Incidentally, one of the comments in the thread is by Daniel Morgan, an Oracle guy who teaches at the [evening program @the] University of Washington, with whom I had an exchange out of which I posted as a weekly quote [one of his] absurd comments. Here's [his reaction] to the question that initiated the thread you referred me to:


gkelly:
"I have a database for a school that has been in use now for a couple of years and it is working well. There are numerous tables obviously but consider these:
  • CONTACT - holds all contacts - students, faculty, or any other type of contact - (probably should have called it Entity);
  • FACULTY - holds info about specific faculty member - foreign key to contac;
  • STUDENT - holds info about specific student - foreign key to contact.
Considering that the contact table has fields such as: LAST, FIRST, MI, ADDR, CITY, STATE, ZIP, EMAIL ... Do you think it is a good idea to have a single table hold such info. Or, would you have had the tables FACULTY and STUDENT store the LAST, FIRST, ADDR and other fields? At what point do you de-normalize for the sake of being more practical?"
DA Morgan:
"One table name PERSON. Anything else is a denormalized nightmare."

If the teachers are ignorant and can't think, what can we expect of their students?


RK:
"This is very true, that is why I try to focus on people being able to solve problems. I figure if someone gets a degree from a good school and the degree is in some type of applied math or some other program like this, then basic problem solving should be there. I do push to hear more about that. I don’t care what tools they have learned I care what type of foundation they have. This is not very exact but it’s all you can do these days.

I was lucky. In my education a large focus was on mathematics so I feel that I did learn how to solve problems. Also in the CS classes I did take, one was on relational databases and we spend 80–90 percent of the time studying theory, where we used Date’s INTRODUCTION TO DATABASE SYSTEMS as our text. We spent a very small amount of time in the end looking at current tools -- at the time Ingres. Looking back that was the most valuable class I ever took. I still keep Date’s book next to me and use it very often in discussions with other people."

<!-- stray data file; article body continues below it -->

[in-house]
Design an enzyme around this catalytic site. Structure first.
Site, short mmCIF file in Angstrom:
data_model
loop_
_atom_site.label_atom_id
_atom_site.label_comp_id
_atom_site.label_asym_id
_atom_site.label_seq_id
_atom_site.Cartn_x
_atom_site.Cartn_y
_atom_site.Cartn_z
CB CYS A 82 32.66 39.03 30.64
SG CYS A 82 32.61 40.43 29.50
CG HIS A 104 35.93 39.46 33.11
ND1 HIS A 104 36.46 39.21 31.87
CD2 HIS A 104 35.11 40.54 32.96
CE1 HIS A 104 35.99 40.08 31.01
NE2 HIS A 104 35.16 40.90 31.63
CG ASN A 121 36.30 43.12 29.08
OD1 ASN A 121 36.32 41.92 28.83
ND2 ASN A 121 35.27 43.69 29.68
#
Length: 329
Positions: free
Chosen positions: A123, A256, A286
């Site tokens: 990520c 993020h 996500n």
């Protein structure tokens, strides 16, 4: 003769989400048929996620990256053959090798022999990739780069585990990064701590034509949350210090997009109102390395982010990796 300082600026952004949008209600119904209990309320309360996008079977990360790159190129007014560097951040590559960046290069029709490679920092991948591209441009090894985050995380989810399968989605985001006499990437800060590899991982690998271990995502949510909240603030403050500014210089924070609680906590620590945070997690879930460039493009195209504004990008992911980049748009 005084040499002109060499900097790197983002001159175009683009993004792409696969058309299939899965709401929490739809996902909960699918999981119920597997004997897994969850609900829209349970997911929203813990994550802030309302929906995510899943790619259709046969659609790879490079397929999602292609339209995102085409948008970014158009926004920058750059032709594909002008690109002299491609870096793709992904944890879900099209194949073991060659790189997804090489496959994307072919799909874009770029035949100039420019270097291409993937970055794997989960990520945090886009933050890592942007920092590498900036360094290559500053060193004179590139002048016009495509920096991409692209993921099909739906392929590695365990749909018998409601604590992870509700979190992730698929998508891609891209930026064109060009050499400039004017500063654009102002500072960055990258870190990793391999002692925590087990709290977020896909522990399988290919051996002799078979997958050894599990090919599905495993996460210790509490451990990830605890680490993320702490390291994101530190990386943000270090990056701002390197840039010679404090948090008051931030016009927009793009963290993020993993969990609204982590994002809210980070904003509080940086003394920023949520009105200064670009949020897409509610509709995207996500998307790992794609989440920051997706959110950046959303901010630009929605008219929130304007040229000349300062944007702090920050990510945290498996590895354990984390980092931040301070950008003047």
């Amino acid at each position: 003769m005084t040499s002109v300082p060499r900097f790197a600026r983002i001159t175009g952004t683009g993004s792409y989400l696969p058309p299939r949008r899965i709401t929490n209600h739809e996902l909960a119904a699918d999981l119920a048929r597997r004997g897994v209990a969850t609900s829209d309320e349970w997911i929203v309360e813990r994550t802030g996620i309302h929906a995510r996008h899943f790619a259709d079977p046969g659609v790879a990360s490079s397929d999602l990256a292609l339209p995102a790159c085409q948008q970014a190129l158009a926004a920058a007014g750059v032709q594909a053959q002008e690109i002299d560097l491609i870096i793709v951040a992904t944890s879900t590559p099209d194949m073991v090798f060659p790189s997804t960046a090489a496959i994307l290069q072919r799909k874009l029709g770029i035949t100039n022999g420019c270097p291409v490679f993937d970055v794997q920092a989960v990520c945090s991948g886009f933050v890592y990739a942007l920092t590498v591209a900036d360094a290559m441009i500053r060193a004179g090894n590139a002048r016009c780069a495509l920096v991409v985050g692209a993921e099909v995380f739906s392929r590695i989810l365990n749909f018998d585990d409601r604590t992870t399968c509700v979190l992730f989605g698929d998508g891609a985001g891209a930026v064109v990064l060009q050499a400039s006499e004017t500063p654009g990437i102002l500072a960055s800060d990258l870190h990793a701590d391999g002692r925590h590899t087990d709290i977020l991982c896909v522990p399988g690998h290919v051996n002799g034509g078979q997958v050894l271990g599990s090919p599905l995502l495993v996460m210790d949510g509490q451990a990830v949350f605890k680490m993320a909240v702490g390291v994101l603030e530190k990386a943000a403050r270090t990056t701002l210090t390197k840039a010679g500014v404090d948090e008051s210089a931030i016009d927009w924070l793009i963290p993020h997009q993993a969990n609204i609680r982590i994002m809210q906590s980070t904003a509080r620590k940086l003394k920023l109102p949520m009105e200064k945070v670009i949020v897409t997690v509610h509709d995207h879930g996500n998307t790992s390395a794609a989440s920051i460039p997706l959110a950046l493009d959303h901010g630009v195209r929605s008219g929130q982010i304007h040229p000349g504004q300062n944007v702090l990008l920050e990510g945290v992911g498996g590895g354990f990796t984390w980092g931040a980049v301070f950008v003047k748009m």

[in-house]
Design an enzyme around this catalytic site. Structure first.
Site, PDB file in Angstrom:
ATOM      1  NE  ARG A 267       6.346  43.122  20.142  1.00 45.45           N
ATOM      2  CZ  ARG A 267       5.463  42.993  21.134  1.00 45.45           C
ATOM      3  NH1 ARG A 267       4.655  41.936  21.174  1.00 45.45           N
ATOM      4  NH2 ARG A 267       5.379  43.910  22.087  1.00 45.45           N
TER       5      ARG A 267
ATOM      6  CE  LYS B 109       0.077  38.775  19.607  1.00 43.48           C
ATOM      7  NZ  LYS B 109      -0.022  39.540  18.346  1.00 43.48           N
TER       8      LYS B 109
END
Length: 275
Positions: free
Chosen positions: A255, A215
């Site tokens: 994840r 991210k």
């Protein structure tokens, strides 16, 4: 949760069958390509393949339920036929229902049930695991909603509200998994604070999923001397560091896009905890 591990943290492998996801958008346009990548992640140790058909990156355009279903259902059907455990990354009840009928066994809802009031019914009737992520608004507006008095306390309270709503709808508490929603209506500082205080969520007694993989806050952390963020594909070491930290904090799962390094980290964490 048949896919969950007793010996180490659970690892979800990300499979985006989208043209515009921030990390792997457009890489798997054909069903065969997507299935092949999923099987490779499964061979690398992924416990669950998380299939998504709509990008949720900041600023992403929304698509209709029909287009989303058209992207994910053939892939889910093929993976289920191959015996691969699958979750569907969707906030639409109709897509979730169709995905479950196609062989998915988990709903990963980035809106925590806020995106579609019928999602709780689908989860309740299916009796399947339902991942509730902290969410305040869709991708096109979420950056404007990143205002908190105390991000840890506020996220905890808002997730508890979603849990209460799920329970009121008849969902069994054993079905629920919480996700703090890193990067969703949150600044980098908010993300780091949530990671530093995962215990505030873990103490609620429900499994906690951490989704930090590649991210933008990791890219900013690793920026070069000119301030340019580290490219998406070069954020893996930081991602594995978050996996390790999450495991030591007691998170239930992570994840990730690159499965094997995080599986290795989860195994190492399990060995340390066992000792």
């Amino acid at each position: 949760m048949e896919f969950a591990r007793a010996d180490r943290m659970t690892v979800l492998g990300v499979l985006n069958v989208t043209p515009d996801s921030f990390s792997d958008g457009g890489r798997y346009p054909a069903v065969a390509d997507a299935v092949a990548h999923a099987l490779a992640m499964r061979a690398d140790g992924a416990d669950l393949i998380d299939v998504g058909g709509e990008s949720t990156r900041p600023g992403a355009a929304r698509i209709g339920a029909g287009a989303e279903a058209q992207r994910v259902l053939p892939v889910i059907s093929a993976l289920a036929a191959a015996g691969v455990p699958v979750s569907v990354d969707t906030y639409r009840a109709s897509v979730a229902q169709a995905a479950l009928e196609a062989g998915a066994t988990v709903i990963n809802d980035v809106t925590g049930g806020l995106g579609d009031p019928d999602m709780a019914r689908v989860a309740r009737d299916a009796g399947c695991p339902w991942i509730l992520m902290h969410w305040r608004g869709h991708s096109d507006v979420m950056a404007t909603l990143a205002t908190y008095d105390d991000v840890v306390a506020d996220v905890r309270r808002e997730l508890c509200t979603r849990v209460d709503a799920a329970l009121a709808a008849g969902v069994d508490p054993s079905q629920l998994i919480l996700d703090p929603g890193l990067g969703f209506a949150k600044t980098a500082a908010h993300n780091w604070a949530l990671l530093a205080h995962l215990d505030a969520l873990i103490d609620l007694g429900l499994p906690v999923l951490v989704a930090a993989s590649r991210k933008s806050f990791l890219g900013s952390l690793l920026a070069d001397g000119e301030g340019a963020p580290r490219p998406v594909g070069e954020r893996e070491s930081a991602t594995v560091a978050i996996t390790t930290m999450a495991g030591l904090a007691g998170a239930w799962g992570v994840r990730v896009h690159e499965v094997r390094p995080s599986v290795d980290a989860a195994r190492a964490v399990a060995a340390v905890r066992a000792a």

Fabian Pascal:
Yup, that used to be the case. No more. It's getting worse and worse and it shows.


Comments on republication

If you do not understand what's absurd about Morgan's comment, education on data fundamentals is warranted.

As is almost always the case, a set of tables is given that visualizes, supposedly, a set of database relations (i.e., part of a logical database) without (1) the conceptual model (all properties and all relationships among the entity types) which the relations are supposed to represent (2) the semantic constraints on the relations which are supposed to represent those relationships. Without those it is impossible to determine full normalization (i.e., whether the tables are R-tables that visualize relations). Specifically, depending on the specification of the entity types (i.e., properties) it is likely that entity supertype-subtypes are involved, in which case the logical design is incorrect (how?).

The point is that correctness of a logical model (database design) can only be established with reference to a complete conceptual model. Whoever does not understand this fundamental is not a competent data professional.

Note very carefully, however, that while it's unclear whether the three-table design is correct or not, it it Morgan's PERSON table that is a "denormalized nightmare" (i.e., is not a R-table) -- why? In other words, he has it upside down and backwards -- he does not understand what full normalization is.

Saturday, October 17, 2020

Understanding Codd's 12 Rules for RDBMS

In response to an online publication of a book appendix regurgitating Codd's 12 famous rules (some of which were, typically, incorrect[1]) I posted earlier a clarification of the rules. This is a revision thereof for better consistency with the new understanding of the RDM based on McGoveran's re-interpretation, extension and formalization[2] of Codd's work.